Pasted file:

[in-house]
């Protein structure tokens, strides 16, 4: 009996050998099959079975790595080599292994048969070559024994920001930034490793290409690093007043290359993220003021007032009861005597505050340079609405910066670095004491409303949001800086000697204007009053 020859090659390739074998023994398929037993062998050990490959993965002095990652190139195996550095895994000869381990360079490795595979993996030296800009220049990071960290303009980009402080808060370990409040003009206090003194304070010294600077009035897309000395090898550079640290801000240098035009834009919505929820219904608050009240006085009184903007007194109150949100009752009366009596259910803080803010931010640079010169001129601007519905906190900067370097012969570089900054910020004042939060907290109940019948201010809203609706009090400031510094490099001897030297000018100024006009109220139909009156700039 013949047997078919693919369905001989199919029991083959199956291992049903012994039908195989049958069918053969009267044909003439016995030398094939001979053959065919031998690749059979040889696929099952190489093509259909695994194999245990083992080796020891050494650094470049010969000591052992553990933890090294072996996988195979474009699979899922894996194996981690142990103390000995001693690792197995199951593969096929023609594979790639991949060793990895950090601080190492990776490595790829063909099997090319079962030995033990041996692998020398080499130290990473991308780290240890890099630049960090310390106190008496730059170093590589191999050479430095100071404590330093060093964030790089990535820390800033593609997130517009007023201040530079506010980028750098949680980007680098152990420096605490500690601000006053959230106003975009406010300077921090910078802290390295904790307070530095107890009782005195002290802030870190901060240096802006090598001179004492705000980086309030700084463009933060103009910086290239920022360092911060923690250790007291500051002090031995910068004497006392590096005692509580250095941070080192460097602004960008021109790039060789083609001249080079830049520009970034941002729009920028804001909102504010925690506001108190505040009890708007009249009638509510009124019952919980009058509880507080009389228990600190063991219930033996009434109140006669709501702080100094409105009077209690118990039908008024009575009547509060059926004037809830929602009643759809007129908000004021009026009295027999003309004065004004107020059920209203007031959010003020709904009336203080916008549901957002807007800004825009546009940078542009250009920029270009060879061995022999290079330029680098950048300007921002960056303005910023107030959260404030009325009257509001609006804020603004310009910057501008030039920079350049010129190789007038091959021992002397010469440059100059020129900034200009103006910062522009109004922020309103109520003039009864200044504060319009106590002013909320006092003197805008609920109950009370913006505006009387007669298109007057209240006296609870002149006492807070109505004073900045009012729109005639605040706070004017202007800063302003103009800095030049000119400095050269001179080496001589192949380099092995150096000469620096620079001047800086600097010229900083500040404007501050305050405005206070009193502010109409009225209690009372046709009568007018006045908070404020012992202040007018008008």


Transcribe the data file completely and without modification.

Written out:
[in-house]
């Protein structure tokens, strides 16, 4: 009996050998099959079975790595080599292994048969070559024994920001930034490793290409690093007043290359993220003021007032009861005597505050340079609405910066670095004491409303949001800086000697204007009053 020859090659390739074998023994398929037993062998050990490959993965002095990652190139195996550095895994000869381990360079490795595979993996030296800009220049990071960290303009980009402080808060370990409040003009206090003194304070010294600077009035897309000395090898550079640290801000240098035009834009919505929820219904608050009240006085009184903007007194109150949100009752009366009596259910803080803010931010640079010169001129601007519905906190900067370097012969570089900054910020004042939060907290109940019948201010809203609706009090400031510094490099001897030297000018100024006009109220139909009156700039 013949047997078919693919369905001989199919029991083959199956291992049903012994039908195989049958069918053969009267044909003439016995030398094939001979053959065919031998690749059979040889696929099952190489093509259909695994194999245990083992080796020891050494650094470049010969000591052992553990933890090294072996996988195979474009699979899922894996194996981690142990103390000995001693690792197995199951593969096929023609594979790639991949060793990895950090601080190492990776490595790829063909099997090319079962030995033990041996692998020398080499130290990473991308780290240890890099630049960090310390106190008496730059170093590589191999050479430095100071404590330093060093964030790089990535820390800033593609997130517009007023201040530079506010980028750098949680980007680098152990420096605490500690601000006053959230106003975009406010300077921090910078802290390295904790307070530095107890009782005195002290802030870190901060240096802006090598001179004492705000980086309030700084463009933060103009910086290239920022360092911060923690250790007291500051002090031995910068004497006392590096005692509580250095941070080192460097602004960008021109790039060789083609001249080079830049520009970034941002729009920028804001909102504010925690506001108190505040009890708007009249009638509510009124019952919980009058509880507080009389228990600190063991219930033996009434109140006669709501702080100094409105009077209690118990039908008024009575009547509060059926004037809830929602009643759809007129908000004021009026009295027999003309004065004004107020059920209203007031959010003020709904009336203080916008549901957002807007800004825009546009940078542009250009920029270009060879061995022999290079330029680098950048300007921002960056303005910023107030959260404030009325009257509001609006804020603004310009910057501008030039920079350049010129190789007038091959021992002397010469440059100059020129900034200009103006910062522009109004922020309103109520003039009864200044504060319009106590002013909320006092003197805008609920109950009370913006505006009387007669298109007057209240006296609870002149006492807070109505004073900045009012729109005639605040706070004017202007800063302003103009800095030049000119400095050269001179080496001589192949380099092995150096000469620096620079001047800086600097010229900083500040404007501050305050405005206070009193502010109409009225209690009372046709009568007018006045908070404020012992202040007018008008």